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The Evolution of Jazz: True Art in the Making?

The Evolution of Jazz: True Art in the Making?

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An essay for the 2011 Undergraduate Awards (Ireland) Competition by Christopher Corcoran.
An essay for the 2011 Undergraduate Awards (Ireland) Competition by Christopher Corcoran.

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Published by: Undergraduate Awards on Aug 31, 2012
Copyright:Attribution Non-commercial

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10/27/2013

 
The Evolution of Jazz: True Art in the Making?
In his article “The Styles of JazzJoachim Berendt claims that ‘[the]evolution of jazz shows the continuity, logic, unity, and inner necessity thatcharacterize all true art’.
1
According to Berendt jazz can be seen as “true art”,which he believes requires “continuity, logic, unity, and inner necessity”.However, this characterisation leads to a variety of problems: What do we defineas “true art”? Must art possess all the elements attributed to it by Berendt – or less,or more? Is jazz even art, not merely popular entertainment, and does that meanart cannot be popular or entertain? And most importantly, if art possesses all of Berendt’s attributes and if these attributes can be found in jazz, does it necessarilyfollow that jazz is art? As Gridley, Maxham and Hoff point out: “Is jazz artmusic? To address this question we must have definitions of jazz and art music.”
2 
As finding a definite definition for would be too lengthy an exercise for this essay,I will accept what is considered as Western art music as “true art” for argument’ssake and will use Berendt’s premise that art requires “continuity, logic, unity, andinner necessity” in order to investigate these questions further and show that jazzmay be seen as art, but perhaps not measured by Berendt’s standards.In an effort of finding a suitable definition for jazz, Gridley, Maxham andHoff identify three main characteristics that set jazz apart from art music:improvisation, syncopation, and popularity during the twentieth century.
3
If these points are central to jazz, then they are the main factors to investigate in light of 
1
Joachim Berendt, ‘The Styles of Jazz’,
The New Jazz Book: A History and Guide
, (London:Peter Owen, 1962) p. 3 f.
2
Mark Gridley, Robert Maxham and Robert Hoff, ‘Three Approaches to Defining Jazz’,
The Musical Quarterly
, 73:4 (1989), p. 515
3
Gridley, Maxham and Hoff, p. 519 ff.1
 
Berendt’s proposition. As far as similarities between art music and jazz go one canrefer to Ernest Ansermet, who compares an early jazz band to the predecessors of Haydn and Mozart, saying those predeessors cleared the way for the greatcomposers by creating “expressive works [out] of dance airs”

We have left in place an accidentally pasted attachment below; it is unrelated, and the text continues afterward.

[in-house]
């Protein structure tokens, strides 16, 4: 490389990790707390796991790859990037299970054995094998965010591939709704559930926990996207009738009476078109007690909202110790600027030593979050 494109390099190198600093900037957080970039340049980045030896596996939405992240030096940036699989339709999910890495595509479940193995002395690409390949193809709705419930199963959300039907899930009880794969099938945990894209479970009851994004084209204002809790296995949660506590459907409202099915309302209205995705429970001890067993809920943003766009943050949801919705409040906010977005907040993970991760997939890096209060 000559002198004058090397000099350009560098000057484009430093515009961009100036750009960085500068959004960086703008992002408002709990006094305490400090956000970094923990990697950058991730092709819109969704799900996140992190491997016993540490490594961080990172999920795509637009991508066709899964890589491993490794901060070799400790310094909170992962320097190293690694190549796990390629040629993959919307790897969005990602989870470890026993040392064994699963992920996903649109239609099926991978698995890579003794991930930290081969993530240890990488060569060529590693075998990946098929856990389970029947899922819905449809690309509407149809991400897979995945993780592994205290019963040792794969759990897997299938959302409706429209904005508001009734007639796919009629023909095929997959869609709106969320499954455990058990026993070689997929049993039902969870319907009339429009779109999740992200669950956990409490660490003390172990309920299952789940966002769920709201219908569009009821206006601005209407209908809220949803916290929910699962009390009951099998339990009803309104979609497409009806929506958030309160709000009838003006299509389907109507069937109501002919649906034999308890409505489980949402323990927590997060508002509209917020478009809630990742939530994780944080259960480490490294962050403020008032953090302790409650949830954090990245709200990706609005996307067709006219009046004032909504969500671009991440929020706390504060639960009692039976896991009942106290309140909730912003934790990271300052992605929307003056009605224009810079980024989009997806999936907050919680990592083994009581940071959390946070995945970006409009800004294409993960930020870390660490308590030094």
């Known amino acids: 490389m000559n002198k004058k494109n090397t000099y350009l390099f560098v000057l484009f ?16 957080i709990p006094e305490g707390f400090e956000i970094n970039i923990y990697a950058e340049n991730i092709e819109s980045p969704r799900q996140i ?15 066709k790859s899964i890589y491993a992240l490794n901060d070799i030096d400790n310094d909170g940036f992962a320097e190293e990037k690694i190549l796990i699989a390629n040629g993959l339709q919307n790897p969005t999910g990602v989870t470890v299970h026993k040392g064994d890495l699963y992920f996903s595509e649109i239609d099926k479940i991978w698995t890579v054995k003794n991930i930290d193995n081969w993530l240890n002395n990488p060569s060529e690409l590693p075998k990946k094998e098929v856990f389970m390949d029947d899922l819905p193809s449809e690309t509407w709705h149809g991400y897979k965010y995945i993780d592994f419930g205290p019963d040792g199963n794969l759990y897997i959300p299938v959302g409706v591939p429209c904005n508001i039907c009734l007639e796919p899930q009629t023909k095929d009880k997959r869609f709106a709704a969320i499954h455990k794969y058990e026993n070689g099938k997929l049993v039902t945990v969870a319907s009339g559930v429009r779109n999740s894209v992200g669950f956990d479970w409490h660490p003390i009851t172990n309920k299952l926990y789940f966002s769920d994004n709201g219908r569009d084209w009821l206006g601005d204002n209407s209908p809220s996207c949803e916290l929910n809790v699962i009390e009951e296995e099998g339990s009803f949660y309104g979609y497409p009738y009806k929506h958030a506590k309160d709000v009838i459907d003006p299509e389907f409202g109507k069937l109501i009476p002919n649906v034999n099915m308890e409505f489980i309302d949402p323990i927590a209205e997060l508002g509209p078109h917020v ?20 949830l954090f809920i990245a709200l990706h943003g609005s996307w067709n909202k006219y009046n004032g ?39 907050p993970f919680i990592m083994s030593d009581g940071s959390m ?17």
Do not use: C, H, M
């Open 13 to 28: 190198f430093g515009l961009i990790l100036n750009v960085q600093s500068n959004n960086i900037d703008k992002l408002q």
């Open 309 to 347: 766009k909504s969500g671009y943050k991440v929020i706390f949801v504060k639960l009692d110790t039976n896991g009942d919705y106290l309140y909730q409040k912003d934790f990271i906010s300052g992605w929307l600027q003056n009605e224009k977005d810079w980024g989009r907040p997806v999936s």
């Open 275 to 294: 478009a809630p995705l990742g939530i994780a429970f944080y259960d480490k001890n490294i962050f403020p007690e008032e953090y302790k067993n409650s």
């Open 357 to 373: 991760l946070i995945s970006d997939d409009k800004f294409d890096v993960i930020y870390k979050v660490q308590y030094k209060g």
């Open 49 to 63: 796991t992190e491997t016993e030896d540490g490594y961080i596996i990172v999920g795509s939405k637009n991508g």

4
.As Ansermet points out, at the beginning of the twentieth century Jazzdeveloped analogously to art music from vocal music. Early jazz grew out of so-called street cries, the Blues, Gospel and Afro-American vocal music, parallelingsecular art’s music folk-song roots. Despite instrumental influences such asmilitary band marches or Ragtime, jazz’ primary source was initially vocal musicarranged for instruments available to the black population in order to create dancemusic. This tradition of making use of a popular melody has survived throughout jazz history in various forms, as the establishing of so-called “standards” becamea prerequisite for the improvisatory nature of jazz – jamming is only possible if every participant knows the melody and chord progression.From here on jazz developed primarily as dance music, similar to earlysecular art music, which drew mainly on court dances such as Sarabandes,Gavottes, or Gigues. Furthermore, similar to folk music and early Baroque music,where for example the performers had to fill out the harmonies above a set figured bass, early jazz musicians were given a certain freedom to improvise within acertain range and role typically attributed to their instrument, as can be heard onrecordings by The Original Dixieland Band. In contrast to art music theimprovisatory freedom granted to Dixieland musicians was based on lessharmonic consideration in advantage for simultaneously improvised lines. AsGridley and Rave suggest, this may perhaps go back to jazz’ African roots, as“African harmonic textures generally result from the simultaneous performance of 
4
Larry Kart,
 Jazz in Search of Itself 
(Yale University Press: 2004), p. 12
 
melodies with similar rhythmic patterns rather than from chord progressions”.
5 
This independence of the individual lines led to jazz-specific chords. Today jazzcomposers like Bill Dobbins still recommend this so-called “linear approach” inorder to keep the music from becoming static.
6
Zur Anzeige wird der QuickTimeªDekompressor ãTIFF (Uncompressed)Òbentigt.
75
Mark C. Gridley and Wallace Rave, “Towards Identification of African Traits in EarlyJazz”,
The Black Perspective in Music
, 12:1 (Spring 1984), p. 50
6
Bill Dobbins,
 Jazz Arranging & Composing: A Linear Approach
, (Advance Music: 2005), p.8
7
taken from Dobbins, p. 373

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